Three pupils from Broomhill Bank School North, in Swanley, Kent are the first in the country to work with the Fishing for Schools (F4S) programme to gain the Ofqual regulated level one Aim Award in angling skills.
The youngsters – Neo Goncalves Whiffen, 15, and thirteen-year-olds Harrison Mulholland and Jon Jon “JJ” Perry – are autistic, which made this course challenging. Neo (right) received his award today, 26 January, from F4S instructors Warren White, Charlie RaynerandDavid Evans, who worked with the boys on the 10-week course. Unfortunately JJ and Harrison were unable to attend.
Subjects covered in the weekly sessions in the classroom and at Hadlow College’s Grove Farm Fishery, included the branches of angling and equipment to fishing permits and rod licences, as well as practical skills, with instructors Warren, David Evans, Charlie Rayner and Rob Goble.
Warren said: “The dedication and hard work shown by the three students who achieved the Award was exceptional. Although these boys had never fished before they were keen and willing to learn, which more than made up for their inexperience.
“Learning to fish has also helped the youngsters’ emotional wellbeing. A teacher gave me some positive feedback about one of the students, who had told him that a session of learning knots and making rigs in a calm environment had helped him to relax for the afternoon at school. In his own words he called it ‘anti-trigger therapy’, which was lovely to hear.”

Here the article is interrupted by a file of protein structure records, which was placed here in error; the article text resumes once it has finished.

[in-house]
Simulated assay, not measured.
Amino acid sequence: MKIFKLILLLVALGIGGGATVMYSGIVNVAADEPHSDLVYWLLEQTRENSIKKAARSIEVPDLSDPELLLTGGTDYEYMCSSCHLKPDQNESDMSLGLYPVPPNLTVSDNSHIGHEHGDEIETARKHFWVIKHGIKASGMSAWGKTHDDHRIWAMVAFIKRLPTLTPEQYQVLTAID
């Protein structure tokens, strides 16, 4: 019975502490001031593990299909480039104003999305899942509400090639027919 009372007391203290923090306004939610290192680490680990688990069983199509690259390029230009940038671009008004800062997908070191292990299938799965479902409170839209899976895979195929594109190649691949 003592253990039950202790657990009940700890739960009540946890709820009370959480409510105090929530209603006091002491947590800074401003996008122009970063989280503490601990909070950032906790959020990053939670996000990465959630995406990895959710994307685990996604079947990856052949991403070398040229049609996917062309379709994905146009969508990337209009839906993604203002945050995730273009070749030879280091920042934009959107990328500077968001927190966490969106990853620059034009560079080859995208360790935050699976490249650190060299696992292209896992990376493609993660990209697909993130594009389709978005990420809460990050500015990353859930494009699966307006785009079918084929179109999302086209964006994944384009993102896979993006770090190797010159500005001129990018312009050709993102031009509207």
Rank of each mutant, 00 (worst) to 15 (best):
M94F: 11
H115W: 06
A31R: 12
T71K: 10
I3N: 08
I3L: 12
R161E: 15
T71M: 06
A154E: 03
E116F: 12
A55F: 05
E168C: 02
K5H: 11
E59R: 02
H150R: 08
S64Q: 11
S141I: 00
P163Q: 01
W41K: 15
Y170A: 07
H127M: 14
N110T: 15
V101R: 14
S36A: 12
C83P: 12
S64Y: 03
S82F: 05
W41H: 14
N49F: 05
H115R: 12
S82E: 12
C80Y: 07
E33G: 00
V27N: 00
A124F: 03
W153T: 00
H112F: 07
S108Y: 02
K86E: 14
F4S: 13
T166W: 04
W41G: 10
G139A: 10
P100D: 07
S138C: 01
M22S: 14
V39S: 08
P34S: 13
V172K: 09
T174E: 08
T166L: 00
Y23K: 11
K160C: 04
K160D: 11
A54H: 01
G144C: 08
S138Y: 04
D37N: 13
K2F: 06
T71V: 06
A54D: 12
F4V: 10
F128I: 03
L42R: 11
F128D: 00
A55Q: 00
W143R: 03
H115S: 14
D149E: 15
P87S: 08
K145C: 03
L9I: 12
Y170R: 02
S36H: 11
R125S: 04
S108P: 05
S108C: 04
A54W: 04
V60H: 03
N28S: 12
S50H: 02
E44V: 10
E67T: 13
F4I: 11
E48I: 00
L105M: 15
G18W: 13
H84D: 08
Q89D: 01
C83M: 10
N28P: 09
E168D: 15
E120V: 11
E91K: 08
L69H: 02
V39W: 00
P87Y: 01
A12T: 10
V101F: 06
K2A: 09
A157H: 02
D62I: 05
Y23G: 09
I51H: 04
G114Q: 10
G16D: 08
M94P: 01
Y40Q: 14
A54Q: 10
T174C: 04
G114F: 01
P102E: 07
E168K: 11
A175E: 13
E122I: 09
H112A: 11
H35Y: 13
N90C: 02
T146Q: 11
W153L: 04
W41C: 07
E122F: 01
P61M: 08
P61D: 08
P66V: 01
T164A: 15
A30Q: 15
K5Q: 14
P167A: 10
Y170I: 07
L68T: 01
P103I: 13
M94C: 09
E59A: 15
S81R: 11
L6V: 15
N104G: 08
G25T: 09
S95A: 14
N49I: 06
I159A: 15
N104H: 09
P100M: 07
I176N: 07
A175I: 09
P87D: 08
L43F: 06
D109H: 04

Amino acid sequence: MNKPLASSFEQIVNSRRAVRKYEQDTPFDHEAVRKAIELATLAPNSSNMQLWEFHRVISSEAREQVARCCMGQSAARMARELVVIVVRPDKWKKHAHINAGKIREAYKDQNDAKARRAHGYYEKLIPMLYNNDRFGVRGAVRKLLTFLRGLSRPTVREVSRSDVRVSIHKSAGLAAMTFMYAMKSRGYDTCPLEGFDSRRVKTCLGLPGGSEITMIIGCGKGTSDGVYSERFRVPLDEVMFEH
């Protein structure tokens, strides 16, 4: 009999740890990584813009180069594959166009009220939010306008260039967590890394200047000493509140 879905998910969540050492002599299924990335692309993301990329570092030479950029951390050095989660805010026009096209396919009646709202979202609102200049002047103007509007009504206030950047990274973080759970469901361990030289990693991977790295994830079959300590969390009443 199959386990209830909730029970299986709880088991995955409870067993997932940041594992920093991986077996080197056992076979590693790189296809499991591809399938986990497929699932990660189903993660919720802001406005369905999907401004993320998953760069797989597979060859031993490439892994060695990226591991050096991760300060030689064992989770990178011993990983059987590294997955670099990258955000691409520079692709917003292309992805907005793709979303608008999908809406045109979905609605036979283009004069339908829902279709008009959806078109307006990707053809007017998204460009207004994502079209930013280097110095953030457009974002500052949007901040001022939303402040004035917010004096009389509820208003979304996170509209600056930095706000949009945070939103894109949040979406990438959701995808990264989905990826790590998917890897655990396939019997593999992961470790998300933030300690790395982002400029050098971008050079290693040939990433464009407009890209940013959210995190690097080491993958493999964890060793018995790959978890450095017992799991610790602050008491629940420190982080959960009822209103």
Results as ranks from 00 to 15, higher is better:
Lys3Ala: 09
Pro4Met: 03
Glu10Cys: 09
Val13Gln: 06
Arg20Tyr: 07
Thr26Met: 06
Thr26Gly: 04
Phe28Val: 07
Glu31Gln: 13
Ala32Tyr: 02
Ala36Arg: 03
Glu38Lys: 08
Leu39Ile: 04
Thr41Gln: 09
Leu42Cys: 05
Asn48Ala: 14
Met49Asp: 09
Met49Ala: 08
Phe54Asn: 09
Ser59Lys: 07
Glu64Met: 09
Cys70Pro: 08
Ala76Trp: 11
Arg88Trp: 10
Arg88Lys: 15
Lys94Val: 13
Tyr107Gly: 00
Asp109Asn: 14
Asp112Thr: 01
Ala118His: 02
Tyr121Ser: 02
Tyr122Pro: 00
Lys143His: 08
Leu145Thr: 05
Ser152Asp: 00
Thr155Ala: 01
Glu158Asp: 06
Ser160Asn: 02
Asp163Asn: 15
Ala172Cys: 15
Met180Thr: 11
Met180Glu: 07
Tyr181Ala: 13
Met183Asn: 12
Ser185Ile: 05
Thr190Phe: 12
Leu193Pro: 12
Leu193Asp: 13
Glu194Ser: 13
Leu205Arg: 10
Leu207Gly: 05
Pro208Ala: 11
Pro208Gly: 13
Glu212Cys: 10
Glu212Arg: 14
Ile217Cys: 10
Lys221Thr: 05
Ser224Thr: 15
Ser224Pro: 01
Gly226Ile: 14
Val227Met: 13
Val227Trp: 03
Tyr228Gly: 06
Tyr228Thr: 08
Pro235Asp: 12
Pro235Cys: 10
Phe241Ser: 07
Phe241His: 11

Deputy head-teacher Jody Specht said: “The AIM course has been fantastic for the students. Firstly their energy and enjoyment of the activity has been enormous but also to be recognised for something a bit out of the ordinary is excellent for them.
“The pupils have a variety of interests and obsessions but fishing as an activity seems to work for these students as it is calming and also a development activity.”
The three students now move onto the Angling Trust’s Cast Awards. Sixty-one students achieved Cast Awards with the F4S Kent team in 2017.
Cast Awards are short, structured courses that encourage students to progress from starter level to level 6, learning new skills along the way.
Both the Cast and Aim Awards can be a stepping stone towards other qualifications, like the BTEC in Fisheries Management at Hadlow College, Kent.
F4S starts a new Aim Award course on February 2 with pupils from Thamesview School, Gravesend.
Fishing for Schools is an initiative run by The Countryside Alliance Foundation (TCAF), the charitable arm of the Countryside Alliance. It provides short angling courses at schools across the country, to aid the education of 12 to 18-year-olds who may not respond to traditional classroom-based learning but flourish when you get them outside onto the water. It celebrated its tenth anniversary in 2017.
Many of the youngsters who fish through Fishing for Schools have physical, learning or behavioural difficulties.